The view from Hantsport

We have had occasion in the past to be in contact with Heather Davidson, editor of Hantsport’s  News and Views “the monthly community newspaper with no ads.” .[We have been corrected- it now has a few ads!]  We contacted her recently to get another point of view on the school issue.  These excerpts, reporting  on recent school meetings, were taken from the upcoming (Dec.) issue of News and Views.We have interjected some thoughts.

Reporting on the Hantsport meeting of Nov. 16th:

…Citizens, under the leadership of consultant Jemma Lambert, discussed the school’s future as set out in the Annapolis Valley Regional School Board’s Eastern Kings School Review Phase 2. Town council discussed the issues but made no decision. It organized this meeting to hear the public’s opinion. …
The good news: the school is not slated to close in the near future. The board advocates all grade 9 students attend Horton High School. Colin Chase, principal of Hantsport School,stated that the board wants the future of grade 9s discussed.
The board seems to prefer one consolidated “middle level” (grades 6-8), but, Paula Lunn (Hantsport’s school board resentative) added, “not necessarily separate.”

This we think is an important point – “Not necessarily separate.”

…Jemma reminded the audience that the school board will be basing their decisions utilizing several criteria: operating costs, facility improvement costs, student enrollment, plus a range of mitigating factors.

A member of the audience asked, “Is the board considering what is best for the students?” No one answered.

Isn’t that a good question!? One wonders why no one from the Board had the cojones to answer.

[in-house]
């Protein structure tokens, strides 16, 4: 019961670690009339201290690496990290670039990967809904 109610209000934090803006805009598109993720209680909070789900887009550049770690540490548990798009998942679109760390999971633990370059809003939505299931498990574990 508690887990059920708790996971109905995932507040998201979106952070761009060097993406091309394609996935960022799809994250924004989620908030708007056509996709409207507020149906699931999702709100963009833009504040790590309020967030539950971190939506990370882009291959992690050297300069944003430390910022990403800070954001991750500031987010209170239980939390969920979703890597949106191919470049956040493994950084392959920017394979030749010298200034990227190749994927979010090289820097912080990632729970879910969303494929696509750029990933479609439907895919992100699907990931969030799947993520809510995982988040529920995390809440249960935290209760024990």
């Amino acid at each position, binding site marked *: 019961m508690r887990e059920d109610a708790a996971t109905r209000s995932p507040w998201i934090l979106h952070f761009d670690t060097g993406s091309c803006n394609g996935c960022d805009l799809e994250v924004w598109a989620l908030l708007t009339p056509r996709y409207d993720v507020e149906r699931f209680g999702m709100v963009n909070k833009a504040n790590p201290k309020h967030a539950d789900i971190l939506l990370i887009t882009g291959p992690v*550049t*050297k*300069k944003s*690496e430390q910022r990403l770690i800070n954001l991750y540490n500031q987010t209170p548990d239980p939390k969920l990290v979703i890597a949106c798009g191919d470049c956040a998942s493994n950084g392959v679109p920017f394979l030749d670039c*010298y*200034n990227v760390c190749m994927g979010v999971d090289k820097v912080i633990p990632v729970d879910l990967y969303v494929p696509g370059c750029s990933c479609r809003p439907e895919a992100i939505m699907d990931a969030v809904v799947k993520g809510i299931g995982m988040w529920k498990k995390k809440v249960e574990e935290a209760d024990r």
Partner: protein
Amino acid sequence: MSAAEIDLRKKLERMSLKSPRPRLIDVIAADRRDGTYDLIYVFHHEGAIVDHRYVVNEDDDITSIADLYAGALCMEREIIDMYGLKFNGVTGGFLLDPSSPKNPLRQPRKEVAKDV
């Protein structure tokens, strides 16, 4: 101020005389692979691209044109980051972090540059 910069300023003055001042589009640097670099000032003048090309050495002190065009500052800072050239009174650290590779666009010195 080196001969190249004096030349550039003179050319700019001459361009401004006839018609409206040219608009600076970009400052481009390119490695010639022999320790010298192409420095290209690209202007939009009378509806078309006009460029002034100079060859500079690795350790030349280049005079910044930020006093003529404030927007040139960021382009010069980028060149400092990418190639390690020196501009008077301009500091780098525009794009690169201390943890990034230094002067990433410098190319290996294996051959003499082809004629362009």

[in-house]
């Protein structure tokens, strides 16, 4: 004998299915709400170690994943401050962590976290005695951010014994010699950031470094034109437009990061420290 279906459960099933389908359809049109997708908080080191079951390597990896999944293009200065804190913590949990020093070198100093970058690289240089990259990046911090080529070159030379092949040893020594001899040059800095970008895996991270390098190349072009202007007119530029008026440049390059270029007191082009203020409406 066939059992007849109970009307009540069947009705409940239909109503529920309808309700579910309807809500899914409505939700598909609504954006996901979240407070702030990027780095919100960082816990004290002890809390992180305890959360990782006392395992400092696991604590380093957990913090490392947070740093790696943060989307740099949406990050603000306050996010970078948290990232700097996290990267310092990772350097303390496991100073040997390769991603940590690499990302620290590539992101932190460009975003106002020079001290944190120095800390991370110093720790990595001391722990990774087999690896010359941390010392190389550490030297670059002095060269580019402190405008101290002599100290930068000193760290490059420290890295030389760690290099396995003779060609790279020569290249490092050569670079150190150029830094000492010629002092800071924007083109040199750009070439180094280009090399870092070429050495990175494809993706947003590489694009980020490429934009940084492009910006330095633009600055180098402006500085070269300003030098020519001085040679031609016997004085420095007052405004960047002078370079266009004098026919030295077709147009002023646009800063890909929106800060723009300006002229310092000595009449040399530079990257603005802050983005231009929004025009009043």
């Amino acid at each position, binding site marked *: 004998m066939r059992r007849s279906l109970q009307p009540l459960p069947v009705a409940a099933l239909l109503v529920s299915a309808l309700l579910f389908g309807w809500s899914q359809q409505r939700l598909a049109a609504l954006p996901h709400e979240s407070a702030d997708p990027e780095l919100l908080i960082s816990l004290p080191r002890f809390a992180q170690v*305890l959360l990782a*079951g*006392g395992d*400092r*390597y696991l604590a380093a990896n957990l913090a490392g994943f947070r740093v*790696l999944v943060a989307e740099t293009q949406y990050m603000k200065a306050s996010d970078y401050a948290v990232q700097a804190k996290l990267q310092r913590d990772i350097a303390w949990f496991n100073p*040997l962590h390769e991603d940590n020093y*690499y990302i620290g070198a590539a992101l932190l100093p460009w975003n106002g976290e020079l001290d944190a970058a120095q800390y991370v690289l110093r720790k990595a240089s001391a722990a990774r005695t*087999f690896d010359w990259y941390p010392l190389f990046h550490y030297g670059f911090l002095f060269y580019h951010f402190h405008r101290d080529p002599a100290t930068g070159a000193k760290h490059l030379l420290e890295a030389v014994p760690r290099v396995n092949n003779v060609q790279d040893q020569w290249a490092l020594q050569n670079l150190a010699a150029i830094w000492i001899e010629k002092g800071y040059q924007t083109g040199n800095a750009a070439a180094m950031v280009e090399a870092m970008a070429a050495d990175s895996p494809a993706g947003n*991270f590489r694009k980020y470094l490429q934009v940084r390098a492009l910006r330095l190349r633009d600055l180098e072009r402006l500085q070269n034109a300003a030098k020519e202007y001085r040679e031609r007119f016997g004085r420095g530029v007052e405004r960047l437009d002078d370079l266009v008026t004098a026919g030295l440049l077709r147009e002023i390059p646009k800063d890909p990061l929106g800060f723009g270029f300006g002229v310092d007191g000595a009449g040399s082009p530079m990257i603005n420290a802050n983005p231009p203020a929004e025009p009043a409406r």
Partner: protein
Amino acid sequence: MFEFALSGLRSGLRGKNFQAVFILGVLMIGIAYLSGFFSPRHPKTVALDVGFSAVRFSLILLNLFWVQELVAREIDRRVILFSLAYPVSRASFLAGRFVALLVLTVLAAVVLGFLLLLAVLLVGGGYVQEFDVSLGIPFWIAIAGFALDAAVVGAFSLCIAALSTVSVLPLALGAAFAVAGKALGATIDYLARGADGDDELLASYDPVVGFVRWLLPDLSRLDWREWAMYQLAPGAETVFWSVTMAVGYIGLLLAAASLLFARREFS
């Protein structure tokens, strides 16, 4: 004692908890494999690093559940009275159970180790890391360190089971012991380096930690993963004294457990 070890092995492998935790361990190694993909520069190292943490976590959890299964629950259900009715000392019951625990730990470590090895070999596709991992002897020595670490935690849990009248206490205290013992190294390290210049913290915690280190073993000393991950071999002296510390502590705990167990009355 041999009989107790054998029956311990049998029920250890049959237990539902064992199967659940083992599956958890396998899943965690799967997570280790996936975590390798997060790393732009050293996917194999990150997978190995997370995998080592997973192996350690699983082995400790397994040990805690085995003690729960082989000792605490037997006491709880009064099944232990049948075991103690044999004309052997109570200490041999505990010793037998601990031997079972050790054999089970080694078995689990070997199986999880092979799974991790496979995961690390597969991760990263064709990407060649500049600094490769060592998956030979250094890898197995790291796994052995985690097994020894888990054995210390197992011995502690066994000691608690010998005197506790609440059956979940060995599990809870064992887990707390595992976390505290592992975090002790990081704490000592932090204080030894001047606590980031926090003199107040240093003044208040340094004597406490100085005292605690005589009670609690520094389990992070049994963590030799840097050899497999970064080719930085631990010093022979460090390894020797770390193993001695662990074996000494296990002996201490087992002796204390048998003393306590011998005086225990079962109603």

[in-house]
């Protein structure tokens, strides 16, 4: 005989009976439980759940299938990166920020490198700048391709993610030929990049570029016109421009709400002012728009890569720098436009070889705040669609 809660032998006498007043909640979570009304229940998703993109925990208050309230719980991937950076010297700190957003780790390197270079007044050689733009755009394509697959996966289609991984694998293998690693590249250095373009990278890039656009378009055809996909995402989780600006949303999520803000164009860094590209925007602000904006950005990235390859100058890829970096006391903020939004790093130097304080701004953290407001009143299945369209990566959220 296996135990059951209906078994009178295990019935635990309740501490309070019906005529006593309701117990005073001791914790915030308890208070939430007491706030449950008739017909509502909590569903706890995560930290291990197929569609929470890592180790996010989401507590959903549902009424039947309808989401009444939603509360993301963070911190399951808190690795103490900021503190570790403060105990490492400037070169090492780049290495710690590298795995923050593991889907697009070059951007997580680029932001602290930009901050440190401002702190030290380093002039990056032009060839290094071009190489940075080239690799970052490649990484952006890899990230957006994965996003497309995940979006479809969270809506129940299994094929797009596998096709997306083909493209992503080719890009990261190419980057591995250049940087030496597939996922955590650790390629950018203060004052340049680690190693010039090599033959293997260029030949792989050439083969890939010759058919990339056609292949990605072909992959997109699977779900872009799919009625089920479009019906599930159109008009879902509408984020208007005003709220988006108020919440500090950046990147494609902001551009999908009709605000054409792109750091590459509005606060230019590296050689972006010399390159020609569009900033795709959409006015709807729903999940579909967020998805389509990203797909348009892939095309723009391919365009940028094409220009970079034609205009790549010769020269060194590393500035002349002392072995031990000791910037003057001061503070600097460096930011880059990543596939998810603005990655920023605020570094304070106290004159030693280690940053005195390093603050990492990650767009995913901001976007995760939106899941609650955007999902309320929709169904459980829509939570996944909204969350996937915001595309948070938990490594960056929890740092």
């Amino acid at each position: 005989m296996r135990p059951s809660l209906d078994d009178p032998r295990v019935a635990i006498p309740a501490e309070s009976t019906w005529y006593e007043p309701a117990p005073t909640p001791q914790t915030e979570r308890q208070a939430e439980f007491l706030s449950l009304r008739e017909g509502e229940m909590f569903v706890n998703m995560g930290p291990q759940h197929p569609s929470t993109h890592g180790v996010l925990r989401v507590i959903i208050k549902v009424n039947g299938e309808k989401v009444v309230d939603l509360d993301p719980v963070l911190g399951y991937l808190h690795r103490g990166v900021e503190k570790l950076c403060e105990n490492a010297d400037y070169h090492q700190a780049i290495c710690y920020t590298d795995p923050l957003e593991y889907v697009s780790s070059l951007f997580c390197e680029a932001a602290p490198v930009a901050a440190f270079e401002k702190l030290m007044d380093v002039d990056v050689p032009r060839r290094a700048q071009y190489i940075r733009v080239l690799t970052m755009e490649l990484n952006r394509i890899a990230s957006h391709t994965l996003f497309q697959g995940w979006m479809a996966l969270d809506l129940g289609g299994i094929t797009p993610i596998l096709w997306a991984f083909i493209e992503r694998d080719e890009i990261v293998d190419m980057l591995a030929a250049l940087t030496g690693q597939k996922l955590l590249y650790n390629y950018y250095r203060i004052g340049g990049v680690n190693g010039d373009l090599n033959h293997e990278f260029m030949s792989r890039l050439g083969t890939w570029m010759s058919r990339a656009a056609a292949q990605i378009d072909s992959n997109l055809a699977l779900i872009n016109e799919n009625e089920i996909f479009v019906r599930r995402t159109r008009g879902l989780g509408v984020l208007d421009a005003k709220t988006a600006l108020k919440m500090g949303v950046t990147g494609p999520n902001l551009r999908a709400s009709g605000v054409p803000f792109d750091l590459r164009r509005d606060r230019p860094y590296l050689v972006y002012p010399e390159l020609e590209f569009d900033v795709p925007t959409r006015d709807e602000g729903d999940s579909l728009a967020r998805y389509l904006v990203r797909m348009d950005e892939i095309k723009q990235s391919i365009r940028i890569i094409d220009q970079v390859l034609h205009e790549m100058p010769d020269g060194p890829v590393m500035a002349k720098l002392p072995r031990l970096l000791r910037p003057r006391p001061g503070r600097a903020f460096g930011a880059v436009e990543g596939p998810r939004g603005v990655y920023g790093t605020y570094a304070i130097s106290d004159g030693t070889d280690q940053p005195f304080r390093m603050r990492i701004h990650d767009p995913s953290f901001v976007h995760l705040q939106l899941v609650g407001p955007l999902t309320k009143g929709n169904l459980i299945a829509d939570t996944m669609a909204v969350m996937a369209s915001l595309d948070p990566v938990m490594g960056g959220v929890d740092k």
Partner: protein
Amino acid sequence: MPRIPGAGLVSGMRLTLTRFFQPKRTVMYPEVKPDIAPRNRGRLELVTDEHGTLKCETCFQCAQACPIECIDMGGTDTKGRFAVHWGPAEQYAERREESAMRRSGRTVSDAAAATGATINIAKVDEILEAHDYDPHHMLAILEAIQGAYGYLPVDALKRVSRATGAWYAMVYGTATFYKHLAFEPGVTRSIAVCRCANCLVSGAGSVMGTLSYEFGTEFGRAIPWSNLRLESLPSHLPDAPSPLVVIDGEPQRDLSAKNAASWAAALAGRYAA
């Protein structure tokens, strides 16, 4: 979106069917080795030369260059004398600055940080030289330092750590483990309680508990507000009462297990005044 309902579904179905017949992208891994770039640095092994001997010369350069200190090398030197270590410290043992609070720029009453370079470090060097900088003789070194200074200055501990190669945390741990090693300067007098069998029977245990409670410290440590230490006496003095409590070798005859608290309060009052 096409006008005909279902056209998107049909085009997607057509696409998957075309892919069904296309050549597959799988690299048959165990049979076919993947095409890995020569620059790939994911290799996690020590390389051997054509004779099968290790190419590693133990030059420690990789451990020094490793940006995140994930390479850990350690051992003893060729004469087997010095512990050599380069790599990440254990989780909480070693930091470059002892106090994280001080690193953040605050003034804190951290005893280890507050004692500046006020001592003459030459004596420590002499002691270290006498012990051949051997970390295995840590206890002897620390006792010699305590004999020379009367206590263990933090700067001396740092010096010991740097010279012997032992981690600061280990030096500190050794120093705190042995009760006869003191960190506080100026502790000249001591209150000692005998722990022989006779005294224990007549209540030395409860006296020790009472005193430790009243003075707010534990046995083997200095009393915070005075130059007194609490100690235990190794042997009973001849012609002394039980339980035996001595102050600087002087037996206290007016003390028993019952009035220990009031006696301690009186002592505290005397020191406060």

Marie Doucette asked if Hantsport and Wolfville would work together for option 4. CAO Jeff Lawrence responded that the town asked Wolfville to jointly pursue option 4. After an initial meeting with its Citizen Advisory Committee, Wolfville declined
the invitation.

That statement is revealing. We recall that someone at the later Wolfville meeting suggested working together with the other communities to show a united front for option 4 (status quo minus Gr. 9)  yet we don’t remember anyone from the Wolfville Advisory Committee or our Town Council responding to that comment to disclose that an offer had been made and declined. Why not?

At the end of the meeting, some supported keeping P-9. Another favored P-8. The least favored option was P-5. Its implementation would eventually result in the closing of the school and the inevitable decline of the town. Every town in Nova Scotia has its own school – the hub of the community.
If Hantsport grade 9s went to Horton, Chris Cuvilier (L) was concerned about the limited sports program for grade 9s. Renda VanderToorn would regret the loss of role models.

Do those arguments sound familiar?

The report on our Wolfville meeting (Nov 18th)  suggested it was more partisan than the Hantsport one, at least according to George Townsend who attended both.

George acknowledged that people want to keep their
school. But he advocated making the best decision – not a political one – for the good of the children’s education.

A voice of reason.

Mayor Bob Stead reported that the people at the meeting were passionate about their school the way it is. “We went into the meeting knowing the school will remain open. Grade 9s going to Horton is the foregone conclusion.”

A pitch for passion.